Put-call parity is the relationship that must exist between the prices of European put and call options that both have the same underlier, strike price and expiration date. (Put-call parity does not apply to American options because they can be exercised prior to expiry.) This relationship is illustrated by arbitrage principles that show that certain combinations of options can create positions that are the same as holding the stock itself. These option and stock positions must all have the same return; otherwise, an arbitrage opportunity would be available to traders.

A portfolio comprising a call option and an amount of cash equal to the present value of the option's strike price has the same expiration value as a portfolio comprising the corresponding put option and the underlier. For European options, early exercise is not possible. If the expiration values of the two portfolios are the same, their present values must also be the same. This equivalence is put-call parity. If the two portfolios are going to have the same value at expiration, they must have the same value today, otherwise an investor could make an arbitrage profit by purchasing the less expensive portfolio, selling the more expensive one and holding the long-short position to expiration.

Any option pricing model that produces put and call prices that don't satisfy put-call parity should be rejected as unsound because arbitrage opportunities exist.

For a closer look at trades that are profitable when the value of corresponding puts and calls diverge, refer to the following article: Put-Call Parity and Arbitrage Opportunity.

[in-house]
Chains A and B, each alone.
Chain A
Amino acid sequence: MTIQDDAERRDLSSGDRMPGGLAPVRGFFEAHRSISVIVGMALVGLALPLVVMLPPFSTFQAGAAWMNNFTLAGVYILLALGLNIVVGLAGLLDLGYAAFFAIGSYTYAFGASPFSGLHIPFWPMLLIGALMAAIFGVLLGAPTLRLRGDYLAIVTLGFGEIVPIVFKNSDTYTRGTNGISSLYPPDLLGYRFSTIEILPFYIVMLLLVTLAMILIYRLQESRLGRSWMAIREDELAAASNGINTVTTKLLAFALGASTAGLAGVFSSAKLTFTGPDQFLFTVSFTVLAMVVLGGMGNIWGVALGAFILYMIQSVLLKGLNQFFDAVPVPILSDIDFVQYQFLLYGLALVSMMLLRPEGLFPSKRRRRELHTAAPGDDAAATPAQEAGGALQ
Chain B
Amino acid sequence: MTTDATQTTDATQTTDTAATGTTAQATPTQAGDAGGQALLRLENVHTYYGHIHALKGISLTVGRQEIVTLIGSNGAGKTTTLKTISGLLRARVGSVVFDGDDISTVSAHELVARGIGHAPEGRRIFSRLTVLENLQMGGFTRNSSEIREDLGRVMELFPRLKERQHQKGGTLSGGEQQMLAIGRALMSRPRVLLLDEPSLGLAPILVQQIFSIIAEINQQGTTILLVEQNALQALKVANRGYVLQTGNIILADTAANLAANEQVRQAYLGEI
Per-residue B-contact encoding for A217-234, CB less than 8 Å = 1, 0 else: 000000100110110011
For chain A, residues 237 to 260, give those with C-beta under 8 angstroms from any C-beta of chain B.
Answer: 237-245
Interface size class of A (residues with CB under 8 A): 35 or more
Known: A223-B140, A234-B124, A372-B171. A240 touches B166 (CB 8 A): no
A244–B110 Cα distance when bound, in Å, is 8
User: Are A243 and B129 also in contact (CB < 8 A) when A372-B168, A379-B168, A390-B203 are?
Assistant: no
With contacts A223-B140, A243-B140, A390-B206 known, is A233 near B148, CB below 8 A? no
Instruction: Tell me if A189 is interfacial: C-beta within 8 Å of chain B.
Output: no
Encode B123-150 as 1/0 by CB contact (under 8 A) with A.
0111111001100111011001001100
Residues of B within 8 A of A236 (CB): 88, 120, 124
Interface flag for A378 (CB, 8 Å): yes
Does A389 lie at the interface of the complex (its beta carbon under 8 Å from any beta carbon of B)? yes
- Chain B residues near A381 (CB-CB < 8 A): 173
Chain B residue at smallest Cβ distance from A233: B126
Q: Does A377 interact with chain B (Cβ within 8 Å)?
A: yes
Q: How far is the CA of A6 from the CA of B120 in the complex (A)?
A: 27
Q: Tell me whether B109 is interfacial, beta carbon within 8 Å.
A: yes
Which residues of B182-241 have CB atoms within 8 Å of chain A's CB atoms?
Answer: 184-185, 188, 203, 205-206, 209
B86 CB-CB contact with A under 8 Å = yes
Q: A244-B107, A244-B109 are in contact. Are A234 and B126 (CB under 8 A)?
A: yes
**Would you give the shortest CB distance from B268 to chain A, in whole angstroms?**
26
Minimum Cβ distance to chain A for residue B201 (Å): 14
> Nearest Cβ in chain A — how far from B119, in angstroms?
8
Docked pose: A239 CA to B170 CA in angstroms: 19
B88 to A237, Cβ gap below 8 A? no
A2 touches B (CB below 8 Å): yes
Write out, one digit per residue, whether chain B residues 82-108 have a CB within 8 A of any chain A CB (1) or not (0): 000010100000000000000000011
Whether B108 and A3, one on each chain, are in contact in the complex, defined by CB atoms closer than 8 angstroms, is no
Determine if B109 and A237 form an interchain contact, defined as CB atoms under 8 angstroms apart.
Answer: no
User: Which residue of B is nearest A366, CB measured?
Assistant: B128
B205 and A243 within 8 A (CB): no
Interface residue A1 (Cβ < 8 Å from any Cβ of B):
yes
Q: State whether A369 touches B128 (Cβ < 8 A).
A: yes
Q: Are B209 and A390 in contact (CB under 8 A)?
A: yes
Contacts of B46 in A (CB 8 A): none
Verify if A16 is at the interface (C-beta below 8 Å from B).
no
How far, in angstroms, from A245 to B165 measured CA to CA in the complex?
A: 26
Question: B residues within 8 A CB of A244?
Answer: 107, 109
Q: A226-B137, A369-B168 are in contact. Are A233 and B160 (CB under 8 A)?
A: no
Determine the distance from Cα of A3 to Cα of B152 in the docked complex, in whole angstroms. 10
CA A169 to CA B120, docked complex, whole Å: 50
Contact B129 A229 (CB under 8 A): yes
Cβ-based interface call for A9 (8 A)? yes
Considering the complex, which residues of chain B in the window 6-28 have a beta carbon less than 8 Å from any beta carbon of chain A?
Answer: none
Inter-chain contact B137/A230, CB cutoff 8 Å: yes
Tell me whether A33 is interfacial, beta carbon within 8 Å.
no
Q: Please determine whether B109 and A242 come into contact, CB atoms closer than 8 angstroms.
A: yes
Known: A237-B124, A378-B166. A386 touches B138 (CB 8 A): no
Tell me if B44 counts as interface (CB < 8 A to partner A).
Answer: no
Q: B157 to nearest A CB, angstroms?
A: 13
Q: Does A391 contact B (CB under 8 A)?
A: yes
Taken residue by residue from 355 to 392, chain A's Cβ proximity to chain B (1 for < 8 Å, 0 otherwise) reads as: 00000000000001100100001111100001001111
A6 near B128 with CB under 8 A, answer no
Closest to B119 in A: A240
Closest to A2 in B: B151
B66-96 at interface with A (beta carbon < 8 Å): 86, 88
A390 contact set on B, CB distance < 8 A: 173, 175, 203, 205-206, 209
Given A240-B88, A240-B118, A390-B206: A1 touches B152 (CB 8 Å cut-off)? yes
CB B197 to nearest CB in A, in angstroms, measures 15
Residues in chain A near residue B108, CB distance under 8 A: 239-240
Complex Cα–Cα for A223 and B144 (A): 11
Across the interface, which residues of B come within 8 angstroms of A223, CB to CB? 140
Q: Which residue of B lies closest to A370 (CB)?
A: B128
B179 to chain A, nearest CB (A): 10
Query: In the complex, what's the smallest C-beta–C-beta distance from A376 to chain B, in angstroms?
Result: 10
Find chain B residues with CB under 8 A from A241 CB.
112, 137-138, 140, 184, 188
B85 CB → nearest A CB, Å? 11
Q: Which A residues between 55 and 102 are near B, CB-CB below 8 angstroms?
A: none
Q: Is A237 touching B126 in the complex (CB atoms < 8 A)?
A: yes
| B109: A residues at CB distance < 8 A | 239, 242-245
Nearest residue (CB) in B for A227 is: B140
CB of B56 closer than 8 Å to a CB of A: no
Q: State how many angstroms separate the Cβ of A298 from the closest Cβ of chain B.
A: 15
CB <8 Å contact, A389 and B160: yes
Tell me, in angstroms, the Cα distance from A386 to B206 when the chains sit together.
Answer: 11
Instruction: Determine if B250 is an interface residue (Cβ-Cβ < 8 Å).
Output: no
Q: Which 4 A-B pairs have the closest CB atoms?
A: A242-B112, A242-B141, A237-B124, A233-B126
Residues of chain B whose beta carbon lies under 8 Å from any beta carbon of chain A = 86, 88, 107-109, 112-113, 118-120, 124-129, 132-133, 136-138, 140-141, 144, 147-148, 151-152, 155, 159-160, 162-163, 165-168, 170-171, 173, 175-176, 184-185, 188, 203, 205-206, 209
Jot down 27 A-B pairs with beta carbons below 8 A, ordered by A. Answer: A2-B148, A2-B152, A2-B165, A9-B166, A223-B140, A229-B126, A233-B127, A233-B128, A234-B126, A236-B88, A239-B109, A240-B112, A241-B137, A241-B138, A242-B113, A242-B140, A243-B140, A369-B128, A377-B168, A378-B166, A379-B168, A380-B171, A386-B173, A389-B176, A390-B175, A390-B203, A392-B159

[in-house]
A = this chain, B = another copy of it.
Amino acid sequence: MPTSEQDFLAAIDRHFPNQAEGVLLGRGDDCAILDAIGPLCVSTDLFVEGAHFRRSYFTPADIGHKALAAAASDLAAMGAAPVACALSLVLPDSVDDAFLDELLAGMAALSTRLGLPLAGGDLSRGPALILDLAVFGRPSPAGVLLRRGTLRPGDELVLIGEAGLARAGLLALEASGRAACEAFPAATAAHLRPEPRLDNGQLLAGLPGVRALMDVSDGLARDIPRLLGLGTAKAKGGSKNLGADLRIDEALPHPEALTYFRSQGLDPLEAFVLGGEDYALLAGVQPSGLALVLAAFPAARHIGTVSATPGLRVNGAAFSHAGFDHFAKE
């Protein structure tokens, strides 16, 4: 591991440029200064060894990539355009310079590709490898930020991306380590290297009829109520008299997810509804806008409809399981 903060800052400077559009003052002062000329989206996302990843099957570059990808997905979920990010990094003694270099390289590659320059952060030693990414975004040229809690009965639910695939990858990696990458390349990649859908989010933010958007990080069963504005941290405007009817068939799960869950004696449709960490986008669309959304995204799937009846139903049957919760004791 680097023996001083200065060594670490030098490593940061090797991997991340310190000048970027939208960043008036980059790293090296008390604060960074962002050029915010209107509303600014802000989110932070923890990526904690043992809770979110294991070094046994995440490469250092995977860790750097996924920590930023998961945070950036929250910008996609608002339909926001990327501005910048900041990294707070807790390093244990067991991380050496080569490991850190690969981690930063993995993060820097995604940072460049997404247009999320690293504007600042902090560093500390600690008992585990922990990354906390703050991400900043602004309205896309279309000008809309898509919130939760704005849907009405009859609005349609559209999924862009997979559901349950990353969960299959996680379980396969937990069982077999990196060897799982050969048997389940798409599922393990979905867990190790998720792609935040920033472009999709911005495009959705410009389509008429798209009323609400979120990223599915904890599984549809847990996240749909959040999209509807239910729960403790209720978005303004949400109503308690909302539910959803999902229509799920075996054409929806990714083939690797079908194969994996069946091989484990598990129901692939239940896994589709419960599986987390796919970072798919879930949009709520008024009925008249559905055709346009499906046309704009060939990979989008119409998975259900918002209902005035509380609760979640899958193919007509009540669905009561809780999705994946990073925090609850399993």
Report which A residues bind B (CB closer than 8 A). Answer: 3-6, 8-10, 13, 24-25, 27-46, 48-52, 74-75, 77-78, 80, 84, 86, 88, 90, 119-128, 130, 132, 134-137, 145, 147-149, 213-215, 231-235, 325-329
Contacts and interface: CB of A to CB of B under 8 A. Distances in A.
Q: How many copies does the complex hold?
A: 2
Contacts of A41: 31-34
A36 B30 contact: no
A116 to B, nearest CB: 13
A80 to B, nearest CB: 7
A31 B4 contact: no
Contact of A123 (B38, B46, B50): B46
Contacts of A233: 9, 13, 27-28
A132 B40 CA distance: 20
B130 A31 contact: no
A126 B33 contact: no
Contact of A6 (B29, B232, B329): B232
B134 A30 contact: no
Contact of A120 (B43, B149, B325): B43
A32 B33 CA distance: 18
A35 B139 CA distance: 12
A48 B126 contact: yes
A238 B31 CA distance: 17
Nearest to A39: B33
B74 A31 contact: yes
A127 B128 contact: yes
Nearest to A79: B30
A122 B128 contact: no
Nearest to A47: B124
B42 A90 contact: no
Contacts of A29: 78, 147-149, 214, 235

There are several ways to express the put-call parity for European options. One of the simplest formulas is as follows:

 Formula 15.11 c + PV(x) = p + s Where: c = the current price or market value of the European call x = option strike price PV(x) = the present value of the strike price 'xeuropean' discounted from the expiration date at a suitable risk-free rate p = the current price or market value of the European put s = the current market value of the underlyer

The put-call parity formula shows the relationship between the price of a put and the price of a call on the same underlying security with the same expiration date, which prevents arbitrage opportunities. A protective put (holding the stock and buying a put) will deliver the exact payoff as a fiduciary call (buying one call and investing the present value (PV) of the exercise price).

 Note: There are much more sophisticated formulas for analyzing put-call relationships. For the exam, you should know that a protective put = fiduciary call (asset + put = call + cash).

Portfolio insurance is very similar to a "fiduciary call" (lending + call). The amount of lending is set so that return of principal plus interest by the payoff date exactly equals the floor.

Effect of Cash Flows on Put-Call Parity and the Lower Bounds

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